4 Reasons to Find a Recovery Community that Offers Support After Relapse

4 Reasons to Find a Recovery Community that Offers Support After Relapse

Although it is an issue that no recovering drug addict wants to think about, relapse is often a part of the addiction recovery journey. While in rehab, you or your loved one will learn coping strategies to address drug cravings and to avoid situations where the temptation to use drugs becomes overwhelming; however, it is impossible to control every situation, so you may have to prepare for the day that you find yourself in the middle of relapse. If and when relapse happens, then it is important to have a well-established recovery community to which you can turn. When you relapse, it may seem like you are all alone in your journey, but your support groups members and other loved ones are there to help you through this difficult problem. If you are not currently part of a supportive recovery community, then the following 4 reasons will help you understand the importance of finding a group of people who you can count on:

Recovery Is Not a Journey You Take Alone

According to the National Institute on Drug Abuse, addiction is a complex disease that takes more than good intentions or an act of the will to overcome. If recovering from addiction required simply a change in behavior, then addiction would not be the epidemic that it is. It is true that you or your loved one struggles with addiction because of the choices she has made, and it is also true that people are responsible for their own choices. In other words, addiction may be one person’s issue, but recovery must happen in community. You cannot resist the drug cravings and temptation to use drugs again without the support of others who understand exactly what you are going through. If you have relationships that provide friendship, love and support, then you have places to turn when the struggle becomes overwhelming. With the right people surrounding and supporting you, relapse can be a moment in time rather than a lengthy setback.

Recovery Requires Accountability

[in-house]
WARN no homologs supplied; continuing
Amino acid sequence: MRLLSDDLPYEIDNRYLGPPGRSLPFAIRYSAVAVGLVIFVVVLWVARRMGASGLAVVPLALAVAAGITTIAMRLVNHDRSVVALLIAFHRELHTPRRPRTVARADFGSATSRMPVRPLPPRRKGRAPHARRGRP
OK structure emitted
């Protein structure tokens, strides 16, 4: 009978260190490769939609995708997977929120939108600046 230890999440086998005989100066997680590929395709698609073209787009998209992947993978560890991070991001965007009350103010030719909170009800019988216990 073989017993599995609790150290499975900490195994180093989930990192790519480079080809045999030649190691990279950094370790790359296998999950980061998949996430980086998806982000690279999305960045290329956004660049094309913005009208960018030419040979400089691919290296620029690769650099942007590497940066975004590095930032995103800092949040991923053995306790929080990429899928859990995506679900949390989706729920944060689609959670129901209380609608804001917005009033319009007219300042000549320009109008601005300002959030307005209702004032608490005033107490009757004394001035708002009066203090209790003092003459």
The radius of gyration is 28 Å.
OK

Staying on the road to a drug-free life requires accountability, and being accountable to those who support your recovery means that you have a safe place to fall when you need support. Accountability must come from those who have your best interest at heart rather than from those who simply want to judge your actions. Accountability partners can talk you out of difficult situations, listen to you when you need to vent and they can be at your side at a moment’s notice to help you through intense struggles. These partners have been where you are, so they know what you are going through—they can provide balance to your thinking when the only voice that you hear says you have no value and that you do not deserve to be happy. Walking the recovery road and dealing with relapse successfully is impossible without the proper accountability.

Recovery Means Commitment

Being part of a supportive community during recovery means you recognize that staying drug and alcohol free requires a life-long commitment. Without this level of commitment to yourself and to your support group, the likelihood of relapse increases. This fact means that, once rehab treatment is over, you begin the day-to-day journey that is recovery, so you need the proper mindset. Attempting to walk this road alone is dangerous, because each and every day you will face unique challenges. If you know that you have a supportive community along your journey, then you can lighten your load and remember that you are not alone.

Recovery Builds Relationships

One of the beautiful things about the recovery journey is the relationships that are forged along the way. Making new friends who are at different places in their process lets you see all the potential you have for living free of drugs and alcohol. If you hear the stories of other people as they struggle with drugs, fall and get back up again, then you can find the courage you need to keep going. New friendships can also help you see the difference between healthy relationships and toxic ones. Before rehab, you probably had friends and even family members who were somehow connected to your addiction. Recognizing those relationships for what they are and ending them makes room for new and healthy friendships that support your recovery journey. Healthy relationships that are built on trust and honesty are the kind you need when relapse happens, because strong hands can help get you back on track when you stumble.

Find Help for Drug and Alcohol Addiction

When it comes to addiction recovery, relapse is often a sad reality of the journey. If you surround yourself with a supportive recovery community, then this act can make the difference to getting back on the road to a drug-free life. If you or a loved one struggles with substance abuse, then know that we are here for you. Call our toll-free, 24 hour helpline now to speak to an admissions coordinator about available treatment options.